I am very much in the camp of those who see tremendous growth in Hilary Kole as an interpreter in the last couple of years. She digs into lyrics, considers and colors words, lingers over them and shades them and seemingly has a master plan of the effect for the whole song and its arc as well as this detail work. Sure, occasional brief indulgences in stylizing and forays into pretty flourishes for their own sake, perhaps, remain, but Kole now has soul. This summer she returned to the revue where many first saw her once once-over-lightly ways in New York City: Our Sinatra at the Algonquin's Oak Room (it will continue on Mondays, but with revolving casts, as Hilary continues to hold court on many Sundays and other times, a few blocks away with the band at Birdland). 

On this CD, as on her recent debut disc Haunted Heart, she demonstrates the deepening skills and shows that she is one of those voices a recording studio mic and ambiance seem to love. Her attention to phrasing and storytelling is perhaps best illustrated in one of this album's most challenging dramas, the classic lament of "Lush Life." Others get by with painting it with broad brush strokes of pessimistic, beaten-down weariness and despair. Those characteristics are not naturally in her lovely, shimmering vocal persona; instead, she comes off as a stronger-but-struggling woman still realizing the depth of the abyss but with potential to climb out. In this and so many tracks, such as the title song about feeling the mystical or dreamed presence of a certain dearly departed one, Hilary Kole and her stellar piano partners do make you feel like "You Are There"—sitting next to her as she confesses or ruminates .... or maybe in a small jazz club late at night when it's all about the power of the song. Delivery is assured.


AHP Productions

The word "exciting" can't apply to Roger Cairns's CD, nor can "sweet" for tone or "fleet" for Gary Fukushima's attractive piano accompaniment and arrangements, as it's an overall low-key affair. This is true even when a song's subject matter might be upbeat and joyous, like Rodgers & Hart's effusive news about how wonderful a beloved woman is, "Wait 'Til You See Her." More in line with the stricter but graceful tempo of the melody than the ebullience of the lyric, it is understated like the rest of the album, which has a preponderance of decidedly downbeat weepers like the Jerome Kern/ Leo Robin beautifully written but self-pitying "In Love in Vain" about how "you hang around the house and eat your heart out and cry your eyes out and wrack your brain." Laments are aplenty. His voice is stark and dark. But he and the CD also have a grace and dignity. The arrangements and piano work are of a simpatico no-frills, discrete, reserved-but-thoughtful bent.

Although the lack of variety is a concern, the man is an effective communicator and delineator of lyrics. There is an intimacy here, a minimalism of voice and presentation and approach, underscored by the choice of having just solo piano as accompaniment—and non-showy reserved playing at that. Slow tempos are the order of the day. This can be mesmerizingly successful or numbing, depending on your taste or how much you're listening to at a time. "Ebb Tide," with its elegant and very even piano intro and later accompaniment framework—suggesting the inevitable crawl and slow, soothing rhythm of the tide that is the subject and metaphor—is rightly hypnotic. Still, on this and other tracks with such moods and limits in the singing and tones, the cumulative effect can be almost funereal. It takes some adjusting to, for sure, and can be mature and mellow magic of its own relaxing, thought-provoking kind. "Somber" and "reflective" work very well indeed here, at least for a while. And the naked, true voice can touch the soul, cutting like a laser beam into crevices of your mind with its big share of integrity despite a small range that is not over-challenged to sound uncomfortable. It's quite musical indeed. Nevertheless, my mind wandered—on the longer tracks especially.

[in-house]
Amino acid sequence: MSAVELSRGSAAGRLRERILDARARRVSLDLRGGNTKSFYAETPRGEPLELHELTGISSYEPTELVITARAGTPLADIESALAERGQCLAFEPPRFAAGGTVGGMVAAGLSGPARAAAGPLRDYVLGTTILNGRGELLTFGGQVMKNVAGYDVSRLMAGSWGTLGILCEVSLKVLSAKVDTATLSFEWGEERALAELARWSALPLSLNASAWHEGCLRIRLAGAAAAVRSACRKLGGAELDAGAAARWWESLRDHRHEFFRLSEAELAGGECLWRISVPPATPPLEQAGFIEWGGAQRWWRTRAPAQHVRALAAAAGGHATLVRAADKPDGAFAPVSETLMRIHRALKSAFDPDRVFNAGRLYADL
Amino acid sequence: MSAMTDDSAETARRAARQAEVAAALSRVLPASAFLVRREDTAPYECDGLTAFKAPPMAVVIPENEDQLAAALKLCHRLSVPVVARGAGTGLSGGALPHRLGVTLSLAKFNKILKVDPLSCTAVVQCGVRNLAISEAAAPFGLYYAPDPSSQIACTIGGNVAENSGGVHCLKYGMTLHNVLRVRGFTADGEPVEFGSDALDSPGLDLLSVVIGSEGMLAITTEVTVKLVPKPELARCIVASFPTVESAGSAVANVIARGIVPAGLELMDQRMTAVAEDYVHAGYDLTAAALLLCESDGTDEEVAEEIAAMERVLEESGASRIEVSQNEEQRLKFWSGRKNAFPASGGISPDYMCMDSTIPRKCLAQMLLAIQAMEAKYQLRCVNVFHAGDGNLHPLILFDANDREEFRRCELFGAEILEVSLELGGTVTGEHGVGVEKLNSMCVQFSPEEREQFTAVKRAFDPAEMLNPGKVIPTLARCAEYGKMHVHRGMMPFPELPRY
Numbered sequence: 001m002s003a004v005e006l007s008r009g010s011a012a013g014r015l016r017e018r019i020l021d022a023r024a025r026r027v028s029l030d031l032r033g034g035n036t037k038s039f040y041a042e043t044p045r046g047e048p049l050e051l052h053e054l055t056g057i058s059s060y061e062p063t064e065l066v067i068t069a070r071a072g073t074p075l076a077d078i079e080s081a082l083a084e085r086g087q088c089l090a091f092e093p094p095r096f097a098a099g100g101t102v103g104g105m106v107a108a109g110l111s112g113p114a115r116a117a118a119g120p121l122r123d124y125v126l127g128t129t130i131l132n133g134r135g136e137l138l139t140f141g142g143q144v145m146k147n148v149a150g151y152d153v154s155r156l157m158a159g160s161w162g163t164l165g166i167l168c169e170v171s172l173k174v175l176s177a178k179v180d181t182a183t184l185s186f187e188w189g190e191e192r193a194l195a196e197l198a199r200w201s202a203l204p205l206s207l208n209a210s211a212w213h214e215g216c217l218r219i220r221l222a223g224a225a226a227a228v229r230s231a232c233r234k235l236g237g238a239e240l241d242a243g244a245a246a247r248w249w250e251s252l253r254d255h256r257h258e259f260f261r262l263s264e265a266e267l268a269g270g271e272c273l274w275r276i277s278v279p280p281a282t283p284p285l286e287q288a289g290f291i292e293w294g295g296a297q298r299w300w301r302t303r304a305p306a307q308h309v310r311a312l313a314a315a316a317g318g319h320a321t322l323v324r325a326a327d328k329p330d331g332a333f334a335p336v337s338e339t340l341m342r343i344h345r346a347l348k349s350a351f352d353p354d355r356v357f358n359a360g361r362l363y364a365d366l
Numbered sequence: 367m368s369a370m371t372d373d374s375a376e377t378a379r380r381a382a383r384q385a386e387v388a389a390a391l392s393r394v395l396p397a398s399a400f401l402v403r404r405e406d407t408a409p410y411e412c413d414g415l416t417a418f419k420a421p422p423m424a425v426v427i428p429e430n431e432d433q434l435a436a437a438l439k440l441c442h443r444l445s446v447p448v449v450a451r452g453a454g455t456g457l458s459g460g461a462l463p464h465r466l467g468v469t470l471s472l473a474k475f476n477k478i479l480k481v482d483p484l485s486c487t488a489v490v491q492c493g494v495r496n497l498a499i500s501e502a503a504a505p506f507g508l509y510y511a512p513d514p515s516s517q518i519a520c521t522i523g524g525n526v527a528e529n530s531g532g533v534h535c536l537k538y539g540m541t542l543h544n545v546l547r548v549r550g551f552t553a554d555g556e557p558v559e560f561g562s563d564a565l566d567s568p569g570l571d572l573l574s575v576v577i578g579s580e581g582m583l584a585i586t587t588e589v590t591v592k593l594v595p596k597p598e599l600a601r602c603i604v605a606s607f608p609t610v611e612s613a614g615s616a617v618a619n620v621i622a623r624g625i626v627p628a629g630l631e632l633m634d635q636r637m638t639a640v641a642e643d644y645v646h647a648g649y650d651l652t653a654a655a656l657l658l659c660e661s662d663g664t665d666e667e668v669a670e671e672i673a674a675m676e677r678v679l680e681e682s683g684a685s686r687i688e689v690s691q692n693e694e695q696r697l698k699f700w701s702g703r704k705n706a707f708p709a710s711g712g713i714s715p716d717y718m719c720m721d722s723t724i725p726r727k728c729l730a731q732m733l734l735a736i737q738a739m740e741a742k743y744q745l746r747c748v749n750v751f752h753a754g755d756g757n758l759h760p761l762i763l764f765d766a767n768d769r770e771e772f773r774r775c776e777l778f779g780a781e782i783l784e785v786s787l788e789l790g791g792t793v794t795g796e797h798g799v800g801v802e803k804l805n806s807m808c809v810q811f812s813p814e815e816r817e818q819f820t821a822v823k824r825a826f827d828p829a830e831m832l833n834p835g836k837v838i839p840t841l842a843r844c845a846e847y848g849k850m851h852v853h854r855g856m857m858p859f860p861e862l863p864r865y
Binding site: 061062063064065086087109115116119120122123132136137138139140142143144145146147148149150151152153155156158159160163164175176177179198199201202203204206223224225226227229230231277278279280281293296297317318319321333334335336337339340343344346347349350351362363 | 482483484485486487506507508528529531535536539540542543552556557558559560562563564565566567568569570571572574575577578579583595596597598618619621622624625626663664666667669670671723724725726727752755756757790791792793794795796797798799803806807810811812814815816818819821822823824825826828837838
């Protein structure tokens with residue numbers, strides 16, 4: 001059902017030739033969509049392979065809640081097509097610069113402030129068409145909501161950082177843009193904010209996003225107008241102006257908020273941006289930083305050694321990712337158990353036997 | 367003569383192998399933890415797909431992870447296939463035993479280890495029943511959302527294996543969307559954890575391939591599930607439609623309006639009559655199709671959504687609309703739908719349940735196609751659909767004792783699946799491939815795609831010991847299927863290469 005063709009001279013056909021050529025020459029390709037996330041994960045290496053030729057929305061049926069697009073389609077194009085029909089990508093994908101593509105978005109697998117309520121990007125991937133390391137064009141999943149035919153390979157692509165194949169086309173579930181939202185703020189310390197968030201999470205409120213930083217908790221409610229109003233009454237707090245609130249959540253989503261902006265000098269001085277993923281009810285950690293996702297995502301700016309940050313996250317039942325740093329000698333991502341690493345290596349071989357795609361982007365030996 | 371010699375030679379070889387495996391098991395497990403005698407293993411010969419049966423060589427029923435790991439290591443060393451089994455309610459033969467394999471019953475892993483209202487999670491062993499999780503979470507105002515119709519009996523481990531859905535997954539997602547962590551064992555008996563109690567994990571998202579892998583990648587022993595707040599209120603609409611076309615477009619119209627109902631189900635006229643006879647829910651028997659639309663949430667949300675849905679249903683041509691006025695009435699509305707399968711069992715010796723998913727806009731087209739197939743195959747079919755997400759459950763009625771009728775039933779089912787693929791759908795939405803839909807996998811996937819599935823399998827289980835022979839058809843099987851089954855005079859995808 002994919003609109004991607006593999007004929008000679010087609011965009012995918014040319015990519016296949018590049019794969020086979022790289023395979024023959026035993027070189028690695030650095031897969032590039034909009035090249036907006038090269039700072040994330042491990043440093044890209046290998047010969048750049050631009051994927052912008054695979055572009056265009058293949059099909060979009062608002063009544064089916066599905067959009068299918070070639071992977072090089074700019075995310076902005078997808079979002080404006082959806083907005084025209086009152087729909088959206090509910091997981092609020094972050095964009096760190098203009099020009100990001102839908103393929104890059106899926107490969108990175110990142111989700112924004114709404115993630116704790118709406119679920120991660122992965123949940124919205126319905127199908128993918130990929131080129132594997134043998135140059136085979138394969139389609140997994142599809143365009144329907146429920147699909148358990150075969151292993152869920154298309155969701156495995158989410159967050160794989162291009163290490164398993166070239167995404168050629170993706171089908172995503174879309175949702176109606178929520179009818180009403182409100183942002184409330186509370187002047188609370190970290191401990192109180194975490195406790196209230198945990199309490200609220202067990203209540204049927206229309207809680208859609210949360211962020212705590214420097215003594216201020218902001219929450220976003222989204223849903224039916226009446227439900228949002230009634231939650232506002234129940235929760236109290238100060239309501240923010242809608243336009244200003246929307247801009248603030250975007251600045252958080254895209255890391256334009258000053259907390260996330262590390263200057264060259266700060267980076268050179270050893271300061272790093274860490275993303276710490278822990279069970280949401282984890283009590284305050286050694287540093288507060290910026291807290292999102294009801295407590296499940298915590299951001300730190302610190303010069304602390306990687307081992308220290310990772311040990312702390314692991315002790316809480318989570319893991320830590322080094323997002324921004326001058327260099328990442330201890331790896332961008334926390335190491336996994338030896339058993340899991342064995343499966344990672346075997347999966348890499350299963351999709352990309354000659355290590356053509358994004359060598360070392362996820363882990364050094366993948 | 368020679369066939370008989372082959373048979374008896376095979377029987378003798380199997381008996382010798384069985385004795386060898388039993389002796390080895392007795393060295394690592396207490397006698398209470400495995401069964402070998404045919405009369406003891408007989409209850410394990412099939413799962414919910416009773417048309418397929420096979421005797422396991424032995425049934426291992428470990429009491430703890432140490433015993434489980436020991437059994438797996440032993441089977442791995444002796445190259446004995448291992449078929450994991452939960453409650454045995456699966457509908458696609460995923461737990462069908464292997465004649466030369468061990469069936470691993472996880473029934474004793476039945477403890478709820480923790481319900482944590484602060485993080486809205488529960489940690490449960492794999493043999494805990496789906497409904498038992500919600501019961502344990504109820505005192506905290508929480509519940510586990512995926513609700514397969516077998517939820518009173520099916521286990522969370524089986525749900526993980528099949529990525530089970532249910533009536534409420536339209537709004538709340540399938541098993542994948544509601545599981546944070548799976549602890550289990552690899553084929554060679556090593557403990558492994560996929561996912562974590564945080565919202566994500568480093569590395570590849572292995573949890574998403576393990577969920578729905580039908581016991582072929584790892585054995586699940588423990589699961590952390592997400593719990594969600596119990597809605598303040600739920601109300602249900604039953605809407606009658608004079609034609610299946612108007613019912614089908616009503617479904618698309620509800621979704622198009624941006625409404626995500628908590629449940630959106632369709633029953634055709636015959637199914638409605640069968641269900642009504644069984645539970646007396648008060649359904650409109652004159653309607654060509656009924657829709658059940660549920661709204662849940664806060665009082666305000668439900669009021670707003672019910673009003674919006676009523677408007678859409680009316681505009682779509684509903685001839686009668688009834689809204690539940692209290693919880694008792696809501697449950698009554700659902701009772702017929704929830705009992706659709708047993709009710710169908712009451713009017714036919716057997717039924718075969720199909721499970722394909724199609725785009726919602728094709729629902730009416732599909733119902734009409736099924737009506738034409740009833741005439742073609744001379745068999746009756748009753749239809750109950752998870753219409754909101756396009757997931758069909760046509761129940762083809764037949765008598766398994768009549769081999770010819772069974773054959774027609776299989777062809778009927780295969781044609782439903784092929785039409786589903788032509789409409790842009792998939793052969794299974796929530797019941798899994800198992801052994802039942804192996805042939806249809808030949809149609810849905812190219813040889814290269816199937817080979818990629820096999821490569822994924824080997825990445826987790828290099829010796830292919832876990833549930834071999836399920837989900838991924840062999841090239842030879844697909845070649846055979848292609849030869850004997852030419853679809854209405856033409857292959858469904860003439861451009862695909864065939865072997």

There is great taste shown in song selection, with grown-up songs from the pens of the Bergmans, Johnny Mandel (sometimes together), Alec Wilder and the wistful, memory-tugging title song the singer co-wrote about his UK homeland. Vocally, there's some struggle for high notes on this cut, although some of that works for the "yearning" quality inherent in the piece. As a change of pace, despite the turtle-like pace, this album can be quite rewarding and feels like it is from the heart and sincere. There's a strong, strong sense of wisdom from a long road of life's struggle and appreciating quiet joys. As he sings in the Rodgers & Hart classic, "pensive and sweet and wise."

- Rob Lester